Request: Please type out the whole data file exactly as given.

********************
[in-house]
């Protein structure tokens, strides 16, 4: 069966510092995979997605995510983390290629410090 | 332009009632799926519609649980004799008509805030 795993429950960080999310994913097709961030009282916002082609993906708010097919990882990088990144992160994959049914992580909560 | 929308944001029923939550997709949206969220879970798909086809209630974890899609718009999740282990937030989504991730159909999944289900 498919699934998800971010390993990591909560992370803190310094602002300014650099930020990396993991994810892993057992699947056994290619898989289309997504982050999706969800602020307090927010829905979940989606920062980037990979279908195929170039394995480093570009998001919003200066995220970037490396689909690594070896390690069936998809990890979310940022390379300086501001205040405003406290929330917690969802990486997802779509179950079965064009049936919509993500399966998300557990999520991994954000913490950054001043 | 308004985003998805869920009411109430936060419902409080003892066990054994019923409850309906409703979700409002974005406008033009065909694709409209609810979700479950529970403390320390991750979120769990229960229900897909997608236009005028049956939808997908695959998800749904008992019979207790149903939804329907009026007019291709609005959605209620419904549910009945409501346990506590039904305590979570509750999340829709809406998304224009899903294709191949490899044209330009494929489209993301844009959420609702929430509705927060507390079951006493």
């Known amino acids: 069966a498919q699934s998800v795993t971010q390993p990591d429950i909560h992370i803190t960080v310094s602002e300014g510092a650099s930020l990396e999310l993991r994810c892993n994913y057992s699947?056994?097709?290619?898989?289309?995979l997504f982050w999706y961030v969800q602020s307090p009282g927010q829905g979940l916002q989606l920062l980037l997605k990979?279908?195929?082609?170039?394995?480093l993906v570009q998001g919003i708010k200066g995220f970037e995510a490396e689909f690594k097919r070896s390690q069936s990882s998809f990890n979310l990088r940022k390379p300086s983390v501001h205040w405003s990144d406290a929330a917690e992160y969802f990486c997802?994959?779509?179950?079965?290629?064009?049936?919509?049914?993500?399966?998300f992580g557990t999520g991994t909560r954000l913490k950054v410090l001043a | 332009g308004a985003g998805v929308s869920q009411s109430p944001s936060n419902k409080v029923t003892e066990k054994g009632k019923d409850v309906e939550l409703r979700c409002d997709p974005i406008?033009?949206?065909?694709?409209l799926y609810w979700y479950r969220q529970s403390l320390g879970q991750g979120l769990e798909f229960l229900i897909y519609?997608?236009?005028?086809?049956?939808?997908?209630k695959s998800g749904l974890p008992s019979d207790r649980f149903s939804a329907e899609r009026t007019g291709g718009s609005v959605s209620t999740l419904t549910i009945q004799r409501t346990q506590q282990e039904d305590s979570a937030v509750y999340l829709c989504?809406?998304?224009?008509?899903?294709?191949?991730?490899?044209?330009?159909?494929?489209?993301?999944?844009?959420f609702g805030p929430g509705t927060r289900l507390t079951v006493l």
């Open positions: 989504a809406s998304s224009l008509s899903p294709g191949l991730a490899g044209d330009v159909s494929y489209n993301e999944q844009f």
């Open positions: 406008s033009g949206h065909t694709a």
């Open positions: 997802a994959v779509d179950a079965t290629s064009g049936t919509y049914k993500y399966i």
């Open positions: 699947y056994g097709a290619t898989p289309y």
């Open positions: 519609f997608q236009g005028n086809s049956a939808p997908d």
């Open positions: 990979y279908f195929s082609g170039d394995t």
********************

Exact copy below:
[in-house]
């Protein structure tokens, strides 16, 4: 069966510092995979997605995510983390290629410090 | 332009009632799926519609649980004799008509805030 795993429950960080999310994913097709961030009282916002082609993906708010097919990882990088990144992160994959049914992580909560 | 929308944001029923939550997709949206969220879970798909086809209630974890899609718009999740282990937030989504991730159909999944289900 498919699934998800971010390993990591909560992370803190310094602002300014650099930020990396993991994810892993057992699947056994290619898989289309997504982050999706969800602020307090927010829905979940989606920062980037990979279908195929170039394995480093570009998001919003200066995220970037490396689909690594070896390690069936998809990890979310940022390379300086501001205040405003406290929330917690969802990486997802779509179950079965064009049936919509993500399966998300557990999520991994954000913490950054001043 | 308004985003998805869920009411109430936060419902409080003892066990054994019923409850309906409703979700409002974005406008033009065909694709409209609810979700479950529970403390320390991750979120769990229960229900897909997608236009005028049956939808997908695959998800749904008992019979207790149903939804329907009026007019291709609005959605209620419904549910009945409501346990506590039904305590979570509750999340829709809406998304224009899903294709191949490899044209330009494929489209993301844009959420609702929430509705927060507390079951006493």
């Known amino acids: 069966a498919q699934s998800v795993t971010q390993p990591d429950i909560h992370i803190t960080v310094s602002e300014g510092a650099s930020l990396e999310l993991r994810c892993n994913y057992s699947?056994?097709?290619?898989?289309?995979l997504f982050w999706y961030v969800q602020s307090p009282g927010q829905g979940l916002q989606l920062l980037l997605k990979?279908?195929?082609?170039?394995?480093l993906v570009q998001g919003i708010k200066g995220f970037e995510a490396e689909f690594k097919r070896s390690q069936s990882s998809f990890n979310l990088r940022k390379p300086s983390v501001h205040w405003s990144d406290a929330a917690e992160y969802f990486c997802?994959?779509?179950?079965?290629?064009?049936?919509?049914?993500?399966?998300f992580g557990t999520g991994t909560r954000l913490k950054v410090l001043a | 332009g308004a985003g998805v929308s869920q009411s109430p944001s936060n419902k409080v029923t003892e066990k054994g009632k019923d409850v309906e939550l409703r979700c409002d997709p974005i406008?033009?949206?065909?694709?409209l799926y609810w979700y479950r969220q529970s403390l320390g879970q991750g979120l769990e798909f229960l229900i897909y519609?997608?236009?005028?086809?049956?939808?997908?209630k695959s998800g749904l974890p008992s019979d207790r649980f149903s939804a329907e899609r009026t007019g291709g718009s609005v959605s209620t999740l419904t549910i009945q004799r409501t346990q506590q282990e039904d305590s979570a937030v509750y999340l829709c989504?809406?998304?224009?008509?899903?294709?191949?991730?490899?044209?330009?159909?494929?489209?993301?999944?844009?959420f609702g805030p929430g509705t927060r289900l507390t079951v006493l």
């Open positions: 989504a809406s998304s224009l008509s899903p294709g191949l991730a490899g044209d330009v159909s494929y489209n993301e999944q844009f």
């Open positions: 406008s033009g949206h065909t694709a």
């Open positions: 997802a994959v779509d179950a079965t290629s064009g049936t919509y049914k993500y399966i």
């Open positions: 699947y056994g097709a290619t898989p289309y």
């Open positions: 519609f997608q236009g005028n086809s049956a939808p997908d």
């Open positions: 990979y279908f195929s082609g170039d394995t």